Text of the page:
45 fps ∼30% -24%
MSI Prestige PE70 6QE-055XUS
GeForce GTX 960M, 6700HQ, Intel SSD 535 SSDSCKJW120H6
24.7 fps ∼17% -58%
BioShock Infinite - 1920x1080 Ultra Preset, DX11 (DDOF) (sort by value)
EVGA SC17
GeForce GTX 980M, 6820HK, Samsung SSD 950 Pro 512GB m.2 NVMe
90.2 fps ∼42%
Schenker XMG U716
GeForce GTX 980 (Laptop), 6700, Samsung SM951 MZHPV512HDGL m.2 PCI-e
121.4 fps ∼56% +35%
Aorus X5S v5
GeForce GTX 980M, 6700HQ, Samsung SM951 MZVPV256 m.2
87 fps ∼40% -4%
Aorus X3 Plus v5
GeForce GTX 970M, 6700HQ, Samsung SM951 MZVPV512HDGL m.2 PCI-e
71.8 fps ∼33% -20%
MSI Prestige PE70 6QE-055XUS
GeForce GTX 960M, 6700HQ, Intel SSD 535 SSDSCKJW120H6
46.2 fps ∼21% -49%
Metro: Last Light - 1920x1080 Very High (DX11) AF:16x (sort by value)
EVGA SC17
GeForce GTX 980M, 6820HK, Samsung SSD 950 Pro 512GB m.2 NVMe
69.7 fps ∼47%
Schenker XMG U716
GeForce GTX 980 (Laptop), 6700, Samsung SM951 MZHPV512HDGL m.2 PCI-e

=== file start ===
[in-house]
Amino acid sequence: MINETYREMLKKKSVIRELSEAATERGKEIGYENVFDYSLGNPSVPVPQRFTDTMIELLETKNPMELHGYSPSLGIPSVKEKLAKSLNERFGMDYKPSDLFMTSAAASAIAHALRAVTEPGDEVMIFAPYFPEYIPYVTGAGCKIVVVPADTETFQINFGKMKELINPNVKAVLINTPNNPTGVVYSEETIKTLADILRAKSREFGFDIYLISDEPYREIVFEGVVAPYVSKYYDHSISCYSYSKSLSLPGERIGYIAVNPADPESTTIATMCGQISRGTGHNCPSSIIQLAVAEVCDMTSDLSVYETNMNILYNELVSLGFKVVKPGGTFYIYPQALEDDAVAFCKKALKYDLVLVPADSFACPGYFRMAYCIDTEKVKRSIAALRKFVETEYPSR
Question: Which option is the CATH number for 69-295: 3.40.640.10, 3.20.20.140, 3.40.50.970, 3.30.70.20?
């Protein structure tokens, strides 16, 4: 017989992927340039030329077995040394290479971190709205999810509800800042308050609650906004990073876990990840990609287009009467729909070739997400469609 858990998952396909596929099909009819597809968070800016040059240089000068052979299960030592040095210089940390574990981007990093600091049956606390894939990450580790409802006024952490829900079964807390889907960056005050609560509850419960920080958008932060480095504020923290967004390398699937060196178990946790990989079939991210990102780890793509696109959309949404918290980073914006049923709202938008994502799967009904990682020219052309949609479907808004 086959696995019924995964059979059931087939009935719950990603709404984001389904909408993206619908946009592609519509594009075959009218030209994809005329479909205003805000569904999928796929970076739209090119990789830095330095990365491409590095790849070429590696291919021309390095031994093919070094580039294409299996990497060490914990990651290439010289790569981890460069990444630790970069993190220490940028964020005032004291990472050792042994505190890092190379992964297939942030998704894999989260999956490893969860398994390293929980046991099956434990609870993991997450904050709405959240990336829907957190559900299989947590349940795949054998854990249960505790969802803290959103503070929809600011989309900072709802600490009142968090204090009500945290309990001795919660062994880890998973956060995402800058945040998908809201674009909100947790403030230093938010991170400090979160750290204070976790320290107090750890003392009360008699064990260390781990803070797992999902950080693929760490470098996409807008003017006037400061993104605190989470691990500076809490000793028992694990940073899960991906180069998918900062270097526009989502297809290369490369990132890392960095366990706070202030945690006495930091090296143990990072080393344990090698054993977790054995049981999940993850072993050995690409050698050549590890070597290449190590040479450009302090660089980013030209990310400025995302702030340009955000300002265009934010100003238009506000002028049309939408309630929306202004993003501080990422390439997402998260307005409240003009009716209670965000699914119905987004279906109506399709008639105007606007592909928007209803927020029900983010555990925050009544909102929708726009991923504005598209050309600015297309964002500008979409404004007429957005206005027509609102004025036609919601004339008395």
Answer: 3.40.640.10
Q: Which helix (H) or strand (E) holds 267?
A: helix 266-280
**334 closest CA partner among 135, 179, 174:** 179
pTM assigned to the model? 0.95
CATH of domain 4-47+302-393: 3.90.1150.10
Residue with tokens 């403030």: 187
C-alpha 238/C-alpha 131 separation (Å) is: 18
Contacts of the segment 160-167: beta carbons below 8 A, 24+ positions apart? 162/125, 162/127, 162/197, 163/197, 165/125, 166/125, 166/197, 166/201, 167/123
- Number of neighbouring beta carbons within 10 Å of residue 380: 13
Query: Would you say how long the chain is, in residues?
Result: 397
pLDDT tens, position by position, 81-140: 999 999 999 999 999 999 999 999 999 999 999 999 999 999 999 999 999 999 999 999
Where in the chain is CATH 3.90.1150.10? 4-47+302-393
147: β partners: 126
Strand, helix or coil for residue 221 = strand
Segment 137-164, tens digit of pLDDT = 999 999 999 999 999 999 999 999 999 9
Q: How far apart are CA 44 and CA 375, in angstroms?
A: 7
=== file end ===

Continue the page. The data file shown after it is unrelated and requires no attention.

92.3 fps ∼62% +32%
Aorus X5S v5
GeForce GTX 980M, 6700HQ, Samsung SM951 MZVPV256 m.2
66.5 fps ∼45% -5%
Aorus X3 Plus v5
GeForce GTX 970M, 6700HQ, Samsung SM951 MZVPV512HDGL m.2 PCI-e
53.6 fps ∼36% -23%
MSI Prestige PE70 6QE-055XUS
GeForce GTX 960M, 6700HQ, Intel SSD 535 SSDSCKJW120H6
31.9 fps ∼21% -54%
Batman: Arkham Knight
3840x2160 High / On (Interactive Smoke & Paper Debris Off) AA:SM AF:8x (sort by value)
EVGA SC17
GeForce GTX 980M, 6820HK, Samsung SSD 950 Pro 512GB m.2 NVMe
26 fps ∼45%
Schenker XMG U716
GeForce GTX 980 (Laptop), 6700, Samsung SM951 MZHPV512HDGL m.2 PCI-e
34 fps ∼59% +31%
Aorus X5S v5
GeForce GTX 980M, 6700HQ, Samsung SM951 MZVPV256 m.2
19 fps ∼33% -27%
1920x1080 High / On AA:SM AF:16x (sort by value)
EVGA SC17
GeForce GTX 980M, 6820HK, Samsung SSD 950 Pro 512GB m.2 NVMe
50 fps ∼35%
Schenker XMG U716
GeForce GTX 980 (Laptop), 6700, Samsung SM951 MZHPV512HDGL m.2 PCI-e
67 fps ∼48% +34%
Aorus X5S v5
GeForce GTX 980M, 6700HQ, Samsung SM951 MZVPV256 m.2
48 fps ∼34% -4%
Metal Gear Solid V
3840x2160 High / On (sort by value)
EVGA SC17
GeForce GTX 980M, 6820HK, Samsung SSD 950 Pro 512GB m.2 NVMe
34.1 fps ∼57%
Schenker XMG U716
GeForce GTX 980 (Laptop), 6700, Samsung SM951 MZHPV512HDGL m.2 PCI-e
50.8 fps ∼85% +49%
Aorus X5S v5
GeForce GTX 980M, 6700HQ, Samsung SM951 MZVPV256 m.2
33.4 fps ∼56% -2%
1920x1080 Extra High / On (sort by value)
EVGA SC17
GeForce GTX 980M, 6820HK, Samsung SSD 950 Pro 512GB m.2 NVMe